Genome analysis tools took center stage at the annual NIEHS Genomics Day May 12. Scientists from across the institute attended presentations on research tools available through the NIEHS Molecular Genomics Core, Epigenomics Core, and Integrative Bioinformatics Support Group.
“We want to raise awareness and promote the different types of genomics experiments that are being performed here,” said Kevin Gerrish, Ph.D., acting director of the Molecular Genomics Core and event organizer. He and others updated the audience on available technologies, and tips to get the most out of the services.
Scientists, ranging from trainees to lead researchers, who have used the various resources to advance their studies gave talks on their findings (see text box). An afternoon session featured more than 60 posters by scientists from NIEHS, the National Toxicology Program (NTP), and the U.S. Environmental Protection Agency, as well as vendors.
Gerrish described the technologies his core makes available, as the team strives to keep up with scientific advances and meet the developing needs of institute researchers. “We’ve only been using NanoString for about a year and a half and there have already been four publications containing the data,” Gerrish said, underscoring the importance of offering cutting-edge services.
Greg Solomon, manager of both the Epigenomics and DNA Sequencing Cores, said his team performs hundreds of millions of reads every day, and works with contractors who provide many more. Solomon stressed the steps researchers can take to achieve high quality results from the more than a dozen techniques they provide. “Plan ahead — that is the key,” he said. “Besides a core lab, we like to think of ourselves as a teaching lab,” he continued, describing some of the training they provide.
Sara Grimm, Ph.D., deputy director of the Integrative Bioinformatics Support Group, discussed the key services her group offers, including bioinformatics support, managing sequencing data, and training. Their bioinformatics instruction takes the form of courses, vendor-sponsored classes, and individually tailored training.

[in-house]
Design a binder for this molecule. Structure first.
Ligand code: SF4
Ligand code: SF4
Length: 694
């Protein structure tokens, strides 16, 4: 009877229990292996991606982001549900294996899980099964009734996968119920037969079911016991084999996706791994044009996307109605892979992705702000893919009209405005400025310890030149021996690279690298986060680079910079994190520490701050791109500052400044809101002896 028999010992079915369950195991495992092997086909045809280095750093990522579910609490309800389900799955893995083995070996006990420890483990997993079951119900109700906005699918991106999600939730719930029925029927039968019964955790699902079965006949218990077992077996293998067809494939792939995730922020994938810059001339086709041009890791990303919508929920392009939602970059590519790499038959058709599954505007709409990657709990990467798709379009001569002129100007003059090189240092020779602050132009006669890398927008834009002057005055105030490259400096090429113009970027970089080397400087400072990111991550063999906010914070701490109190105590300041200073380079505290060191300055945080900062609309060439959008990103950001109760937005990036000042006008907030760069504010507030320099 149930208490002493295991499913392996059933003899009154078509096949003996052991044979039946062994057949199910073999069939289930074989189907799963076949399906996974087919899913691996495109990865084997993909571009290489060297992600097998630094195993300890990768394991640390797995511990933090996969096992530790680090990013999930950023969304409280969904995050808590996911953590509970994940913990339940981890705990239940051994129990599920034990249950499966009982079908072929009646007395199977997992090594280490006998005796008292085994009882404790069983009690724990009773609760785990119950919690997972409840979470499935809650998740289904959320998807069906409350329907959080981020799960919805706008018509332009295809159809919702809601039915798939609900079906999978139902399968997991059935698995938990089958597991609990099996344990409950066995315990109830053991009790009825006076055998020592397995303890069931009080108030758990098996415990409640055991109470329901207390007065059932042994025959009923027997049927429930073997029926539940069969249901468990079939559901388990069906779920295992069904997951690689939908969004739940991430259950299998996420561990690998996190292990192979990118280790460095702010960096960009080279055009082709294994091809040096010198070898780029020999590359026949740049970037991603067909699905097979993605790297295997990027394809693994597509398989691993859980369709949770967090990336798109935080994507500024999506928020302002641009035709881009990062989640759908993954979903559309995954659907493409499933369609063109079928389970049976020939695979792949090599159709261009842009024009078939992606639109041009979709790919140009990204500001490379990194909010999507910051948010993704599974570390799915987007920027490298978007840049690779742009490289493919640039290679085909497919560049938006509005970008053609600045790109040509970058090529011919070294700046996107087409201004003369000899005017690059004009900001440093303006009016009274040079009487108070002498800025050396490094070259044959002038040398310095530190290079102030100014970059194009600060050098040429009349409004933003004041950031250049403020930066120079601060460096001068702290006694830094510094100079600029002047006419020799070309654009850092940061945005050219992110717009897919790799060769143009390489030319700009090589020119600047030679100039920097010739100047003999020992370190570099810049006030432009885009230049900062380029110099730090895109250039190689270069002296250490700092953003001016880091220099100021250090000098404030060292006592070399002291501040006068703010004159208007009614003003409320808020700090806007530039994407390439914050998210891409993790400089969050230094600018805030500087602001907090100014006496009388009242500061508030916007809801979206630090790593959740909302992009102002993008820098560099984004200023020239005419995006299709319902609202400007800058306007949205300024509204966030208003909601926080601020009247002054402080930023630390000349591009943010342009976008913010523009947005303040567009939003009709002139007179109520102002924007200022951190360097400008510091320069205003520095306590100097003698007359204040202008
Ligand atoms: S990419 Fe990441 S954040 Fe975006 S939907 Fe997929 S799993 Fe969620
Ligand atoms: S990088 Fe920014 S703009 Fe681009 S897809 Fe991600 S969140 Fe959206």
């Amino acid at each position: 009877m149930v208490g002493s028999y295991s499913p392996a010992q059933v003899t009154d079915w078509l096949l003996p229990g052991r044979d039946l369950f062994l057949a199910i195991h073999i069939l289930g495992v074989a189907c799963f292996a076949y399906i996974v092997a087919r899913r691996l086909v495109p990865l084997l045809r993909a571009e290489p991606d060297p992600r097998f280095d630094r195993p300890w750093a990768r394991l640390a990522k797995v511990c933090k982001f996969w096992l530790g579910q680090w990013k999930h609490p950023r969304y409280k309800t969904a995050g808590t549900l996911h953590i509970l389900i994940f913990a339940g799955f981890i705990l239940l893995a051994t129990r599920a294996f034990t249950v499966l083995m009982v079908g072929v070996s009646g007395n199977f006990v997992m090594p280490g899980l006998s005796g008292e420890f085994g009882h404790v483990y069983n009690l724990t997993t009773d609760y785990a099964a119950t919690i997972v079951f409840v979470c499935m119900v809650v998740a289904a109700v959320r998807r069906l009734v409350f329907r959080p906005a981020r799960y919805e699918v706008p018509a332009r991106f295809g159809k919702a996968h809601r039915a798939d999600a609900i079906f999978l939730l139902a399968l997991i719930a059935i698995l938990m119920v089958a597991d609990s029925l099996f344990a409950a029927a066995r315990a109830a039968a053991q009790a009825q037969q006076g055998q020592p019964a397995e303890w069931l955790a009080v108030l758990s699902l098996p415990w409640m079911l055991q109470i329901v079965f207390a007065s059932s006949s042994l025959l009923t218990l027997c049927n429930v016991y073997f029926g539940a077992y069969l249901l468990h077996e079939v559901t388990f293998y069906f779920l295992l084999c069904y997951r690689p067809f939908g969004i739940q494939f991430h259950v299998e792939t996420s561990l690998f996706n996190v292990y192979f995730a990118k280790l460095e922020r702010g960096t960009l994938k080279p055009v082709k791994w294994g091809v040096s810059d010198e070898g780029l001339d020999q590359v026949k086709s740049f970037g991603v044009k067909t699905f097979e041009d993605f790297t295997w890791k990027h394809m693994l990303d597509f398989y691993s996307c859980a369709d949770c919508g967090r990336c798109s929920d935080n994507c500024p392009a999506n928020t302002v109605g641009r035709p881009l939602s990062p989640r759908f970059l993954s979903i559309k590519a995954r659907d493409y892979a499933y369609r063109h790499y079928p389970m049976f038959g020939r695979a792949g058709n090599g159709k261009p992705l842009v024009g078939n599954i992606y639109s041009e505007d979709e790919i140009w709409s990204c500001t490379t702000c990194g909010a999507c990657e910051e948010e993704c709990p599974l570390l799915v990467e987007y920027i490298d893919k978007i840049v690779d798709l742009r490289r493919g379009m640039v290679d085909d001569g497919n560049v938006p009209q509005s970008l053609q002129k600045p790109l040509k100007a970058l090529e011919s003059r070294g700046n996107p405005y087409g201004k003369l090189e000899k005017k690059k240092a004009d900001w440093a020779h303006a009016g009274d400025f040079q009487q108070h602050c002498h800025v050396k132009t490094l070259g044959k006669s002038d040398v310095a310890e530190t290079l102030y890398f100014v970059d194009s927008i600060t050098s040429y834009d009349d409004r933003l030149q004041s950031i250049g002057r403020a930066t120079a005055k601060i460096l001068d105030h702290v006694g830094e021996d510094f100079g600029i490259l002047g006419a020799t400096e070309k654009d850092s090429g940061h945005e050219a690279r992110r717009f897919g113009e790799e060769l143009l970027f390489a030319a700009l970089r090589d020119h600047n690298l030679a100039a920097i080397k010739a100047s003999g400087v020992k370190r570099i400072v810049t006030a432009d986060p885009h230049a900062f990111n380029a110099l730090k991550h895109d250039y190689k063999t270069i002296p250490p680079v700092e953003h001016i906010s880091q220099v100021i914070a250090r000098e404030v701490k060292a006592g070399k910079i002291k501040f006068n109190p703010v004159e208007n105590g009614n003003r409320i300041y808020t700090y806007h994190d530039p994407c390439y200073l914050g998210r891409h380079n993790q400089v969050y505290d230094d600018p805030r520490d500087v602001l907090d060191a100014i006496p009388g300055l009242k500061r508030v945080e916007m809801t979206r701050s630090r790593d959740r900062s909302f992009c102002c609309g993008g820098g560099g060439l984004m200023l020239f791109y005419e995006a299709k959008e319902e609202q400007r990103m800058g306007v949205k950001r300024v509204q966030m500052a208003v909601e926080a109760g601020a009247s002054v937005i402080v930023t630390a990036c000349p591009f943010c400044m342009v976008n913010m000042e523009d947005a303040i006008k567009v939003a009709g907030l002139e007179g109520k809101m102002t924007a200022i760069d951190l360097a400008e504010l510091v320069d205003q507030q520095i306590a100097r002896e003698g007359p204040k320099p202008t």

Stem cell research advanced through genomics
The keynote presentation, “Cnot3-dependent mRNA Deadenylation Safeguards the Pluripotent State,” was presented by Guang Hu, Ph.D., head of the NIEHS Stem Cell Biology Group. He described his team’s recent findings on the role of the Ccr4-Not protein complex in maintaining the pluripotent state of stem cells. Pluripotency is a state in which the cells can be maintained as stem cells in culture and still retain the ability to differentiate into all the cell types found in the body.
“Pluripotent stem cells hold great promise for both basic and translational research,” Hu said, pointing out that NTP and outside labs use stem cells to develop tools for studying the impact of environmental compounds on early development. Hu’s team aims to help such researchers, by building knowledge of how the developmental potential of stem cells is regulated.
Hu thanked all the core facilities for support of his group’s research. “We’ve used a variety of genomic tools to try and answer the questions we are interested in,” he said. “We’ve benefitted greatly from the core facility, which is readily available to [researchers] at the institute.”